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  • European Supervisory Authorities Publish Opinion on AML/CTF Risks in EU Financial Sector
    The European Supervisory Authorities have published a joint opinion on the current anti-money laundering and counter-terrorist financing risks posed to the EU financial sector. The opinion is published in accordance with the requirements of the Fourth Anti-Money Laundering Directive, which requires the ESAs to publish a joint opinion on the AML/CTF risks affecting the EU’s financial sector every two years. The most recent previous opinion was published in February 2017.
    Identified risks are grouped into two broad categories: cross-sectoral risks and sector-specific risks. The ESAs (which consist of the European Banking Authority, the European Securities and Markets Authority and the European Insurance and Occupation Pensions Authority) have identified risks that cut across financial sectors, including: (i) uncertainty generated by Brexit and the relocation of firms from the U.K. to EU-27 Member States; (ii) the development of financial technology and regulatory technology; (iii) divergences between national legal frameworks of the implementation of EU legislation aimed at targeting AML/CTF risks, and of the supervisory approaches to enforcing regulatory frameworks; and (iv) internal implementation of controls and risk management within firms, particularly with regard to customer due diligence measures.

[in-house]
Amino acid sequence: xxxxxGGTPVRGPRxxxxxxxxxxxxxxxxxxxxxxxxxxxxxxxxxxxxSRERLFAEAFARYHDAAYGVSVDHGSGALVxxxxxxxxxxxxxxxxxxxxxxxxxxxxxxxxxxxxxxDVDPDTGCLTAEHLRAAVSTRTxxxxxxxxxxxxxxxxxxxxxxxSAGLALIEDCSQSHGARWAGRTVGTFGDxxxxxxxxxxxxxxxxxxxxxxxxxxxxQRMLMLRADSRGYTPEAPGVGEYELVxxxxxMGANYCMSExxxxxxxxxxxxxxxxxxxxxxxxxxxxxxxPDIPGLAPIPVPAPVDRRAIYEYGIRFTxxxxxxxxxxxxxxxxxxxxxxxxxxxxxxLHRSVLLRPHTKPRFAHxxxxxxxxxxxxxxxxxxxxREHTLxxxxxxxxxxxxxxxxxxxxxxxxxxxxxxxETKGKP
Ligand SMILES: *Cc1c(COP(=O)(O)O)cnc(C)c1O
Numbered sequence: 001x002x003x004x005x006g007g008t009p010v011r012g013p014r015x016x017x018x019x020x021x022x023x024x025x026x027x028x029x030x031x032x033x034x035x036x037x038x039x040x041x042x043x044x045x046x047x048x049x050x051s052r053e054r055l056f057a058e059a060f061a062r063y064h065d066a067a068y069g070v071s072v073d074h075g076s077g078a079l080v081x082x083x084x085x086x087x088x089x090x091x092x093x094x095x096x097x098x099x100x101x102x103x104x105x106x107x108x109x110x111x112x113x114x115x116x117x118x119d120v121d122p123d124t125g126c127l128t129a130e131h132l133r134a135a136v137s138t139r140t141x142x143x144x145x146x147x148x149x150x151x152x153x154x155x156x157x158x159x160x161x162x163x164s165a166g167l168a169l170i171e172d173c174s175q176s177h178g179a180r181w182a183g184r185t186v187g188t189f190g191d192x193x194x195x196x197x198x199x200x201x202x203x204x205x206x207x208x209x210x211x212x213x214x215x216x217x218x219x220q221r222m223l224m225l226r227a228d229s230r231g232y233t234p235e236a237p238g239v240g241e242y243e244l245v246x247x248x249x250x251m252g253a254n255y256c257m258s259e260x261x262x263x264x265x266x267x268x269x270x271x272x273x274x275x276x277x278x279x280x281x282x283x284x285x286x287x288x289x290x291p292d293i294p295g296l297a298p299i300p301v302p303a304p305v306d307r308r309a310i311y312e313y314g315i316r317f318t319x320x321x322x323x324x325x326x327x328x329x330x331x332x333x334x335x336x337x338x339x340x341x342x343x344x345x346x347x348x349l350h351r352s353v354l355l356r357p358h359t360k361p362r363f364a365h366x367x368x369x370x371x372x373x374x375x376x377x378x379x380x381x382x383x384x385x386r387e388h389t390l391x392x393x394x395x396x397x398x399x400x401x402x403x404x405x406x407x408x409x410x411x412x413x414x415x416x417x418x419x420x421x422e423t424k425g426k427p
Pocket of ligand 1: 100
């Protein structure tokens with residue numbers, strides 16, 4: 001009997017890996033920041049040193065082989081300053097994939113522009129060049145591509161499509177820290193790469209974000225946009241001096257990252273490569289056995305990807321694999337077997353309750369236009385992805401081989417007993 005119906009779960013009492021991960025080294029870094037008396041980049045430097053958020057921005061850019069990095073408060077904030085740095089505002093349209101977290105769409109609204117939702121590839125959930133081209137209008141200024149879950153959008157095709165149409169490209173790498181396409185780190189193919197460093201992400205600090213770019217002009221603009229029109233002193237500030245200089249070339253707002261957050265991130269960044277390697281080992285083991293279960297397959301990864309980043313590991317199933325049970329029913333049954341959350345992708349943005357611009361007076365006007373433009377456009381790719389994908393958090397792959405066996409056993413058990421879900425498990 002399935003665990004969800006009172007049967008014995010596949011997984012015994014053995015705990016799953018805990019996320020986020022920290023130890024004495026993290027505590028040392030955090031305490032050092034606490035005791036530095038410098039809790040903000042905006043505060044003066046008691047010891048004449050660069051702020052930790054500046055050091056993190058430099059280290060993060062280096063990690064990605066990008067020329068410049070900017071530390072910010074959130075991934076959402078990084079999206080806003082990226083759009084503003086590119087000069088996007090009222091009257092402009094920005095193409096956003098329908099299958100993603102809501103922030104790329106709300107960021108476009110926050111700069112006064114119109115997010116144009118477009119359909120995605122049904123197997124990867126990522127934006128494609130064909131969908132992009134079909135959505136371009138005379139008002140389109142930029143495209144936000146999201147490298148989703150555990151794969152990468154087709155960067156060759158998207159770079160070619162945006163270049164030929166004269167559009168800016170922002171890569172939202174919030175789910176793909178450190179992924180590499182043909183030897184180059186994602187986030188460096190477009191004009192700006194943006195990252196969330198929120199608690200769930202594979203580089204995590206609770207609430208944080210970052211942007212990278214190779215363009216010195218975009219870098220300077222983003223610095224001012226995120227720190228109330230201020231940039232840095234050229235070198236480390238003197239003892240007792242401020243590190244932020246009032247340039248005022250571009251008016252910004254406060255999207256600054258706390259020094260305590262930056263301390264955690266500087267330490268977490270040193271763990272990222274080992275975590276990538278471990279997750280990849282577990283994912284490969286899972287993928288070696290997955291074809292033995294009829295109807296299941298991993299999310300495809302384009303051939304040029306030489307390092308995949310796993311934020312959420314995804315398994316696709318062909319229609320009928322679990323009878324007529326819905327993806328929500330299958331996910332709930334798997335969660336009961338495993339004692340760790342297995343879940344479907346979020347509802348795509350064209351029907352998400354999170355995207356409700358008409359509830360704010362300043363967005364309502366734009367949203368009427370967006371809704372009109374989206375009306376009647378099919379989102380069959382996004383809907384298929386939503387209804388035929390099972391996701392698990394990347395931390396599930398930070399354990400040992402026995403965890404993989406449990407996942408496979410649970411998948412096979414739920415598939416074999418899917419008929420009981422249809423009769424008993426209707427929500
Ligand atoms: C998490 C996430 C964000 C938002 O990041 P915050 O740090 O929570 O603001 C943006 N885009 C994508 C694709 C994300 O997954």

Sector-specific risks identified by the ESAs include: (i) inherent risk in the sector, including credit institutions, payment institutions, bureaux de change and e-money institutions which are the most vulnerable to AML/CTF risks; (ii) quality of controls and common breaches in the sector; (iii) overall risk profile of the sector, considering inherent risk and quality of controls; and (iv) emerging risks in the sector.
    The opinion also sets out the ESAs’ proposals for how national regulators might mitigate these risks. The recommendations suggest that regulators prepare for the arrival of new firms and activities into the EU-27 following Brexit, monitor developments in relation to virtual currencies and conduct assessments as to whether national regulators hold sufficient information about sectors facing AML/CTF risks and review their supervisory approaches if necessary. The ESAs have also developed an online interactive tool, available on the EBA’s website, to give national regulators and firms an overview of all AML/CTF risks covered in the joint opinion.
    View the ESA's Joint Opinion.
    View the ESAs' interactive tool.
    View details of the ESA's 2017 Joint Opinion.
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